#SOSNICARAGUA: When Church bells signal an impending massacre

This article discusses how the past 3 months have constituted organized and systematic violence by government forces against citizens in Nicaragua and details steps the International community can take to help end the bloodshed. The article reflects the views of its author, who wishes to remain anonymous. 

The sounds of mortars and gun shots resonate through the streets of Nicaragua, and the smell of gunpowder permeates every major city. Church bells are furiously ringing, and people are hiding at home. In the streets peaceful protestors seek coverage and start praying. Para-police forces approach the site and start shooting, they are shooting to kill. 

On April 19, 2018, Nicaraguan authorities, directed by the President, opened fire on groups of peaceful demonstrators protesting unjust social security reforms. The State’s excessive use of force triggered a nationwide demand for justice and democracy through peaceful demonstrations. Protestors, mostly students, sent the message that Nicaraguans were no longer afraid.  The government knew it too. That fear, that for so long had held us hostage to a corrupt and authoritarian government, had disappeared. What we did not know then was that it was going to cost us our lives. The months since have been mired by State-sponsored violence and repression, resulting in over 350 extrajudicial killings and counting. Nicaraguans are being mercilessly imprisoned, tortured, repressed and murdered by the very authorities that are supposed to protect us. 

On May 28, Amnesty International documented the use of excessive force against student protestors by the Police, who were working alongside irregular para-police forces, and following a “shoot to kill” directive.  The report stated that “The Nicaraguan authorities have turned on their own people in a vicious, sustained and frequently lethal assault on their rights to life, freedom of expression and peaceful assembly.” The Office of the United Nations High Commissioner for Human Rights reported that “excessive force was used in violation of the principles of necessity and proportionality as required by international law and standards to make the use of force legal.”  Pointing to the escalating violence, the Inter-American Commission on Human Rights (IACHR) reported the following on July 11: 264 extrajudicial killings; 1,800 injured; and 507 arbitrarily detained. As of today, July 22nd this number has increased exponentially. In 3 months the state has murdered over 350 Nicaraguans. 

The atrocities committed by the government are abhorrent. A family, including a five-month-old baby and a two-year-old toddler, was burned alive in their home for not allowing the police to use their rooftop as a sniper's nest. On July 13, irregular para-police forces conducted an 18-hour siege on students at the National Autonomous University of Nicaragua, forcing them to flee and seek refuge in the Church of Divine Mercy for safety. There, they were held hostage under continuous gunfire from para-police forces. Those injured were refused medical assistance offsite, and two students bled to death. The next day the same para police forces conducted a massacre in the city of Lovago, killing 25 people. They continue to fire indiscriminately at everyone in their path. They continue to shoot to kill.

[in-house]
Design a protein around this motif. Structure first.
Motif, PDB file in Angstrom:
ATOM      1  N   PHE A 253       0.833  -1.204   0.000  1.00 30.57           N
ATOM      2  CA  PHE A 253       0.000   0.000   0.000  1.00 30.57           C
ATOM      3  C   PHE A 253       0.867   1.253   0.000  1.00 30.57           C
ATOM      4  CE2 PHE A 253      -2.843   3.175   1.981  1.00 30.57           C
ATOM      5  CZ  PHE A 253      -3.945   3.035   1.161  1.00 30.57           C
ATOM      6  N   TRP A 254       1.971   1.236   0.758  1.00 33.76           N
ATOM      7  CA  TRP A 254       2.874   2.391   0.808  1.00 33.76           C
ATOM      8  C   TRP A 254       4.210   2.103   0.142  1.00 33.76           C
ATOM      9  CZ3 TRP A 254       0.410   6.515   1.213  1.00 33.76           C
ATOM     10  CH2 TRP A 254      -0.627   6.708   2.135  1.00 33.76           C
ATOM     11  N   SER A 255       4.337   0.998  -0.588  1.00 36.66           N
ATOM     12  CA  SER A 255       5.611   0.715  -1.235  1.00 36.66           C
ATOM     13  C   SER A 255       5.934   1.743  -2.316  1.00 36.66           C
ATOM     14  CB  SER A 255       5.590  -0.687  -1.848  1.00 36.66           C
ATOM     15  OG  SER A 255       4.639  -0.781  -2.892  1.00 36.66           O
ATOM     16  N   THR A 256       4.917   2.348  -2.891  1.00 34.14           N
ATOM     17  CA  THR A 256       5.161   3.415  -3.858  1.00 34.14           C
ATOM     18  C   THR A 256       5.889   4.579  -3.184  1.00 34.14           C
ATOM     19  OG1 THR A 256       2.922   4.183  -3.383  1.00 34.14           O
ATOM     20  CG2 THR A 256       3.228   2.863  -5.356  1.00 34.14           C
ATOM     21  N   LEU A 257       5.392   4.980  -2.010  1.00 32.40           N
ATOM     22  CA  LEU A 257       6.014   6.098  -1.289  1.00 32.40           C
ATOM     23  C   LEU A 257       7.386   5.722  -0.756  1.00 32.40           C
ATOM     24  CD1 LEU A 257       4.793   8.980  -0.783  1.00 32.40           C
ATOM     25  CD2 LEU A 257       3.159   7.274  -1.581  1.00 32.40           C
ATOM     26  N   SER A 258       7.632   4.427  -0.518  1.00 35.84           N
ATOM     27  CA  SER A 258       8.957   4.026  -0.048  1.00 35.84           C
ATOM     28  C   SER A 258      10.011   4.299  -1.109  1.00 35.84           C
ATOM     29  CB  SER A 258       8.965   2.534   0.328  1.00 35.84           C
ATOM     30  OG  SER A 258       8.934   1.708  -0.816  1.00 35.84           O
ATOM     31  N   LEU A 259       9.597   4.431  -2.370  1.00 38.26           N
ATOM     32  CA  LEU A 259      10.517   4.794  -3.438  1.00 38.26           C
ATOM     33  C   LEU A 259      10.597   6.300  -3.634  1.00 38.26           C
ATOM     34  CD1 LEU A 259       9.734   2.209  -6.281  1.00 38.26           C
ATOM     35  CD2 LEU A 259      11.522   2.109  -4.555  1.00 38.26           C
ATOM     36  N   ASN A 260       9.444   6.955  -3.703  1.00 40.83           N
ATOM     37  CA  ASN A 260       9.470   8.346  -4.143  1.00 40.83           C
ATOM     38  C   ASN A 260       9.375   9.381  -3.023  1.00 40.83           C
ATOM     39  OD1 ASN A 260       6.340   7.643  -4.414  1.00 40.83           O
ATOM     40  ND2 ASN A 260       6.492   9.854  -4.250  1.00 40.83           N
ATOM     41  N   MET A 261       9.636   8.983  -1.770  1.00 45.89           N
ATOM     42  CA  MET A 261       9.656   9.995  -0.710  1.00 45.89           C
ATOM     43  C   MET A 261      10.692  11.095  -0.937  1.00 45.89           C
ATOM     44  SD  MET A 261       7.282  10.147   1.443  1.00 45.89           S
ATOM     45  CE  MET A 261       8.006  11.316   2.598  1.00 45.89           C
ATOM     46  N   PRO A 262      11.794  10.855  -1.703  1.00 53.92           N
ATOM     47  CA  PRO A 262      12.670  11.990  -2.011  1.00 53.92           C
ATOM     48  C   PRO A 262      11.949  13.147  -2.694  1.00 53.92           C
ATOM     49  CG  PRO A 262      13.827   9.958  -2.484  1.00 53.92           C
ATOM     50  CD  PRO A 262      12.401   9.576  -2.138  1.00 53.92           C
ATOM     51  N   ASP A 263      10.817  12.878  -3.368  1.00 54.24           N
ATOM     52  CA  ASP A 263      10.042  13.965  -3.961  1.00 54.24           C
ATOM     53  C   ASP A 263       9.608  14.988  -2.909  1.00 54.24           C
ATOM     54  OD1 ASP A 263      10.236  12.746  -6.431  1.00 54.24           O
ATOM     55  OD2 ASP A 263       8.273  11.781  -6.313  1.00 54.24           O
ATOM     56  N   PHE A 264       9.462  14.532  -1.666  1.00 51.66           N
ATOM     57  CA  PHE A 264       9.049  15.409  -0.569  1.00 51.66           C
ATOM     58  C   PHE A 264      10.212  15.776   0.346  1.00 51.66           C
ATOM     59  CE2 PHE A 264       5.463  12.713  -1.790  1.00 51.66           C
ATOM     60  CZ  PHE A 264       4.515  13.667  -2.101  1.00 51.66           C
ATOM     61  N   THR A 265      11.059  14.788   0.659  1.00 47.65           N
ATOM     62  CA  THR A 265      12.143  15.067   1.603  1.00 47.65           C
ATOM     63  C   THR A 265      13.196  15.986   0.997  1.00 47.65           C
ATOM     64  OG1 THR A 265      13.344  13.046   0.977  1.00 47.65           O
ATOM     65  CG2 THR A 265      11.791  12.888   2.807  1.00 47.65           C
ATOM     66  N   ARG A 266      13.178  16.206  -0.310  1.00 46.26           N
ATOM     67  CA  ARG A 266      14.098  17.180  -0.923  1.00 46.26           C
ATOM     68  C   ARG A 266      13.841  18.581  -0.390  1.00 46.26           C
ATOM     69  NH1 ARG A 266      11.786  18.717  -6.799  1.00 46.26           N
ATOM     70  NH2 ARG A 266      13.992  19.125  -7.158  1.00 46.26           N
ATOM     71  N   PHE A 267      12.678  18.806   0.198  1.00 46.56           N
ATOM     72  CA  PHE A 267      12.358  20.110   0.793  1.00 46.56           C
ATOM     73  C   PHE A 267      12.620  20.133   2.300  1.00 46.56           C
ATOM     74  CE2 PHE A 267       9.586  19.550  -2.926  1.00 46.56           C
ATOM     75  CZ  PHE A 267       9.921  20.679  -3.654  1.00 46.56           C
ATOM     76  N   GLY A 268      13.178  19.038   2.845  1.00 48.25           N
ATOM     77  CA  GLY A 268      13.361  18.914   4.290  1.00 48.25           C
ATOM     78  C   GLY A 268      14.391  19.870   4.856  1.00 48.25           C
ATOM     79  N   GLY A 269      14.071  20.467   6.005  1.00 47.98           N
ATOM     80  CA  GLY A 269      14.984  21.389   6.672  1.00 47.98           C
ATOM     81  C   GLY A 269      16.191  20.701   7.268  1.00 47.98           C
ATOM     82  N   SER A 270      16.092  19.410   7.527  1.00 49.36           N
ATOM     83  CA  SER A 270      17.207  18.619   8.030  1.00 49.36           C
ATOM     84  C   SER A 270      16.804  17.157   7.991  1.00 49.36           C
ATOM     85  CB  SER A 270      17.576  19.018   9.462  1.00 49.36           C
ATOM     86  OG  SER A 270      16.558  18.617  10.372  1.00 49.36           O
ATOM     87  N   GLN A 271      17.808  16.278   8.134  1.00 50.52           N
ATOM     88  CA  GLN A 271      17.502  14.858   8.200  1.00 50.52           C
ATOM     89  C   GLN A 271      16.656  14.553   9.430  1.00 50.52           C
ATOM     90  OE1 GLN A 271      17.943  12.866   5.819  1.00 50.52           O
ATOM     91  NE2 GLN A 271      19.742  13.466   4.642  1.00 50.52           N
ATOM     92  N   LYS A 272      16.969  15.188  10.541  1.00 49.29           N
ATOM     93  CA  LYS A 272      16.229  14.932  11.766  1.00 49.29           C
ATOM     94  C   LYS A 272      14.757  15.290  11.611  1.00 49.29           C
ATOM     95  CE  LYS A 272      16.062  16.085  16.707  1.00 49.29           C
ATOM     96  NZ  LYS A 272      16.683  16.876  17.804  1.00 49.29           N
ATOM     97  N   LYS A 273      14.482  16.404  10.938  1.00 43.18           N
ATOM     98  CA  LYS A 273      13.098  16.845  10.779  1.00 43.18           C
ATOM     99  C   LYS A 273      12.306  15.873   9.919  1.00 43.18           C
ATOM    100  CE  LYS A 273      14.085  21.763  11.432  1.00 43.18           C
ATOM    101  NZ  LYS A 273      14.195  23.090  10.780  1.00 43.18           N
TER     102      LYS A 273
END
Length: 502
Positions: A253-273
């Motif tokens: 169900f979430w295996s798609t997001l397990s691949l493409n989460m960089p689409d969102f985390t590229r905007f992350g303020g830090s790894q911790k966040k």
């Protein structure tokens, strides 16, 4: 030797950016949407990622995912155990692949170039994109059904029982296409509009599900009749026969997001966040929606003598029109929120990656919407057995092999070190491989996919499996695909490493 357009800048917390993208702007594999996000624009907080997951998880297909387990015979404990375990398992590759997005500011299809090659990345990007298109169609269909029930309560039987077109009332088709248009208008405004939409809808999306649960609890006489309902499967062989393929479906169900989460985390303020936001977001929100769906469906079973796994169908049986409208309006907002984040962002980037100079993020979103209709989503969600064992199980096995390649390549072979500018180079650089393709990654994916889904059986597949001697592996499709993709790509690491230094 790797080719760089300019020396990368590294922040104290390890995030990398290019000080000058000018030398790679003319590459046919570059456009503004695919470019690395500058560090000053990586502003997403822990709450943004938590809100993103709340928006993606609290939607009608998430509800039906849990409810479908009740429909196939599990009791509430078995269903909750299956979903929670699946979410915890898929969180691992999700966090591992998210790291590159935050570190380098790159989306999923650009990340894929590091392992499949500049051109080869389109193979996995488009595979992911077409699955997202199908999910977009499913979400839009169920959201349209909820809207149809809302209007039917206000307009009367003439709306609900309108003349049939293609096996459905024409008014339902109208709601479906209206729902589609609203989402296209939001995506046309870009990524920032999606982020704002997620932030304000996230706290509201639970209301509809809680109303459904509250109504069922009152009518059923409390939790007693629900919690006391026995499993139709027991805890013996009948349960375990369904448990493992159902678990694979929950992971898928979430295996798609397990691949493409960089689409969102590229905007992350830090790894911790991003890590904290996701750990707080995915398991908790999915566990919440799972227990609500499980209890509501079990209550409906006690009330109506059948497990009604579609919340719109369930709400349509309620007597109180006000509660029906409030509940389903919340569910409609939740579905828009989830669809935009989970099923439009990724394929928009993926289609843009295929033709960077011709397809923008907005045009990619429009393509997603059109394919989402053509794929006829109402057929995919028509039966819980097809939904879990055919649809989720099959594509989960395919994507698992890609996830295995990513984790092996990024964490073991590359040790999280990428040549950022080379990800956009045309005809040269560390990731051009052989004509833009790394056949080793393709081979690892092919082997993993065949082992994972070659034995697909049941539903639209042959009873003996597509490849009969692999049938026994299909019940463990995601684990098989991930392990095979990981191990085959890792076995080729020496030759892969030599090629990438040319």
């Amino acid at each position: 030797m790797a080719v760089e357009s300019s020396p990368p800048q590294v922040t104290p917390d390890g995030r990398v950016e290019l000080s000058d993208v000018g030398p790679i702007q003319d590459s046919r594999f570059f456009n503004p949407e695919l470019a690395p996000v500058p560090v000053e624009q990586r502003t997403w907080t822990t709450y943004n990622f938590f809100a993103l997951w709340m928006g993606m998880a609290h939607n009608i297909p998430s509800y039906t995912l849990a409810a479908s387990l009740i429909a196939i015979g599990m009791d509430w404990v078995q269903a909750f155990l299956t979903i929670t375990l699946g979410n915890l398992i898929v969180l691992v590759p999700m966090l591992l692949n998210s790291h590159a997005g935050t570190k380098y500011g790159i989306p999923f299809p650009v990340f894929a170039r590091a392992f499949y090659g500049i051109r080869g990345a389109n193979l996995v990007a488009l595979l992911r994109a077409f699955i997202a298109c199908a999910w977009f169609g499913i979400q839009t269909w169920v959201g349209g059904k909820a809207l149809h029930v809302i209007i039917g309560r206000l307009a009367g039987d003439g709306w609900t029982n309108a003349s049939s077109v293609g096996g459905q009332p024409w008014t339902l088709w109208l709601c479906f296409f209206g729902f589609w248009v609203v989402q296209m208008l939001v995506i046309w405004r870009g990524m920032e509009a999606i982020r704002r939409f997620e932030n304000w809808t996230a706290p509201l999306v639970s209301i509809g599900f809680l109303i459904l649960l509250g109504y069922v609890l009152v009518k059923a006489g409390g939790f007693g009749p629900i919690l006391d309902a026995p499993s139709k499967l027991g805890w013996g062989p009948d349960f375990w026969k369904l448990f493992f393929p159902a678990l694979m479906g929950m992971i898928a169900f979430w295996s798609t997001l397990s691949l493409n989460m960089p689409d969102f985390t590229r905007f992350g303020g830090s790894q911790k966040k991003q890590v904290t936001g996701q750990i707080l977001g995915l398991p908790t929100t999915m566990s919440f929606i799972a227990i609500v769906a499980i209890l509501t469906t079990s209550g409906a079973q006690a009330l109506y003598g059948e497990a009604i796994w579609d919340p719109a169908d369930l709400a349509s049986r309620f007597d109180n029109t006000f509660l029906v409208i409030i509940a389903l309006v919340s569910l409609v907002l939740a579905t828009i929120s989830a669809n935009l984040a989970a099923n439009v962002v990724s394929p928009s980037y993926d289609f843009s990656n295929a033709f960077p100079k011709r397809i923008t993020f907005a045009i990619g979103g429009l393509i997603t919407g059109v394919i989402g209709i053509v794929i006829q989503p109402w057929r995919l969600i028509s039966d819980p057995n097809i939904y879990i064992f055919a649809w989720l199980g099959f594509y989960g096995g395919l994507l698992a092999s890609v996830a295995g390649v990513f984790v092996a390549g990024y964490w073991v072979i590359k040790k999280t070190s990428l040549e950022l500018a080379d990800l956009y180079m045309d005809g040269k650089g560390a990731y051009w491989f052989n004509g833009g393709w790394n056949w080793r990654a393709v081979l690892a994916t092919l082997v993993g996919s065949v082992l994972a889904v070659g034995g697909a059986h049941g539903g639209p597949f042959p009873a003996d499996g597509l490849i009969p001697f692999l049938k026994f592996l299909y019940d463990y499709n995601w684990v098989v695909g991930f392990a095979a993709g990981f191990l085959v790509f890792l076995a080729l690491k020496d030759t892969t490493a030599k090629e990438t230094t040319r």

I can still feel the indignation, when I first heard the regime had murdered a 15 year all boy, Alvaro Conrado, one of the first victims, whose crime was providing water to the demonstrators. It has been three months of mourning, three months of crying.  States are the guarantors of human rights, yet in Nicaragua it is the state who is violating our human rights, who is terrorizing the streets, who is burning people alive, who is shooting to kill its own citizens.

 

I respectfully request all governments to stand in support with Nicaraguans, and for all political leaders to demand a cessation of the violence and to condemn the new Nicaraguan law labeling all protestors, including the UN High Commissioner for human rights as terrorists or enablers of terror. Similarly, there must be political will to not only condemn these atrocious acts but to follow through with palpable means to alienate and punish the Ortega regime. Ortega must be kept in check. I urge governments, who have tools at their disposal that can help mitigate this bloodshed, to use them to their full extent. This includes supporting legislation such as the Nicaraguan Human Rights and Anti-Corruption Act of 2018 recently introduced by the US senate. If governments worldwide introduce and vote for similar legislation, in a time sensitive manner, considering the magnitude of the crisis, it will help minimize the bloodshed.

The Organization of American States, as this hemisphere’s regional organization promoting democracy, human rights, security, and development should invoke the Inter-American Charter in order to safeguard our human security, our freedom, our democracy, and our lives. Doing so will put pressure on this government to stop the violence and to come to the negotiating table to figure a peaceful and democratic solution to the crisis. The international community can help by following the hastagh #SOSNicararagua, support advocacy campaigns to free political prisoners, such and Brandon and Glenn Lovo, two young men accused of murder that was actually committed by the State, and by spreading awareness. They can also donate to support the relief efforts on the ground such as FUNIDES crisis fund.